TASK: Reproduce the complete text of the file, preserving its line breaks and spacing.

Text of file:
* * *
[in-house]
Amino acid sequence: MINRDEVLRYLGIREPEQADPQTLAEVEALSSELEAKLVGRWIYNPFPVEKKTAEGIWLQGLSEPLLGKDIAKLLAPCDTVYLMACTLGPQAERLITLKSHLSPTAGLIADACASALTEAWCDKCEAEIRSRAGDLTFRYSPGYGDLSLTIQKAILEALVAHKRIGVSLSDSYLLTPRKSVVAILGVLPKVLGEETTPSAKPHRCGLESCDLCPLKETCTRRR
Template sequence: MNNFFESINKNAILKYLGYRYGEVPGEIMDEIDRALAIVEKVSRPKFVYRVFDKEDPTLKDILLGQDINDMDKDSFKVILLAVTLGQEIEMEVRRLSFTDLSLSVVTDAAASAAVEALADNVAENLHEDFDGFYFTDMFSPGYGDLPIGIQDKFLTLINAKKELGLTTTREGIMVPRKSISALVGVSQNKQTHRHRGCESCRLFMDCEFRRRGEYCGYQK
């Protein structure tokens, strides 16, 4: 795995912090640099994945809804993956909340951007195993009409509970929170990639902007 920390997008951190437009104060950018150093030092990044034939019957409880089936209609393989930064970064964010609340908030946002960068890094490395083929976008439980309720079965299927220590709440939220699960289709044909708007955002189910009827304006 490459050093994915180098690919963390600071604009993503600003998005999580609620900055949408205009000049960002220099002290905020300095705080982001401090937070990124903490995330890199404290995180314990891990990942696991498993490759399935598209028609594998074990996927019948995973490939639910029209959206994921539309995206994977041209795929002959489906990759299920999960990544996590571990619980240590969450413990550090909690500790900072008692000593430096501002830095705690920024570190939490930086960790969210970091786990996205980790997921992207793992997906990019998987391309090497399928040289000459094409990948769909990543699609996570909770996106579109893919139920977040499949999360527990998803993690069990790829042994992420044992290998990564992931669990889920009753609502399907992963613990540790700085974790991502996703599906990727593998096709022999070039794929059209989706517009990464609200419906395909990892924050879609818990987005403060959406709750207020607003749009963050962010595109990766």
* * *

[in-house]
Amino acid sequence: MINRDEVLRYLGIREPEQADPQTLAEVEALSSELEAKLVGRWIYNPFPVEKKTAEGIWLQGLSEPLLGKDIAKLLAPCDTVYLMACTLGPQAERLITLKSHLSPTAGLIADACASALTEAWCDKCEAEIRSRAGDLTFRYSPGYGDLSLTIQKAILEALVAHKRIGVSLSDSYLLTPRKSVVAILGVLPKVLGEETTPSAKPHRCGLESCDLCPLKETCTRRR
Template sequence: MNNFFESINKNAILKYLGYRYGEVPGEIMDEIDRALAIVEKVSRPKFVYRVFDKEDPTLKDILLGQDINDMDKDSFKVILLAVTLGQEIEMEVRRLSFTDLSLSVVTDAAASAAVEALADNVAENLHEDFDGFYFTDMFSPGYGDLPIGIQDKFLTLINAKKELGLTTTREGIMVPRKSISALVGVSQNKQTHRHRGCESCRLFMDCEFRRRGEYCGYQK
């Protein structure tokens, strides 16, 4: 795995912090640099994945809804993956909340951007195993009409509970929170990639902007 920390997008951190437009104060950018150093030092990044034939019957409880089936209609393989930064970064964010609340908030946002960068890094490395083929976008439980309720079965299927220590709440939220699960289709044909708007955002189910009827304006 490459050093994915180098690919963390600071604009993503600003998005999580609620900055949408205009000049960002220099002290905020300095705080982001401090937070990124903490995330890199404290995180314990891990990942696991498993490759399935598209028609594998074990996927019948995973490939639910029209959206994921539309995206994977041209795929002959489906990759299920999960990544996590571990619980240590969450413990550090909690500790900072008692000593430096501002830095705690920024570190939490930086960790969210970091786990996205980790997921992207793992997906990019998987391309090497399928040289000459094409990948769909990543699609996570909770996106579109893919139920977040499949999360527990998803993690069990790829042994992420044992290998990564992931669990889920009753609502399907992963613990540790700085974790991502996703599906990727593998096709022999070039794929059209989706517009990464609200419906395909990892924050879609818990987005403060959406709750207020607003749009963050962010595109990766």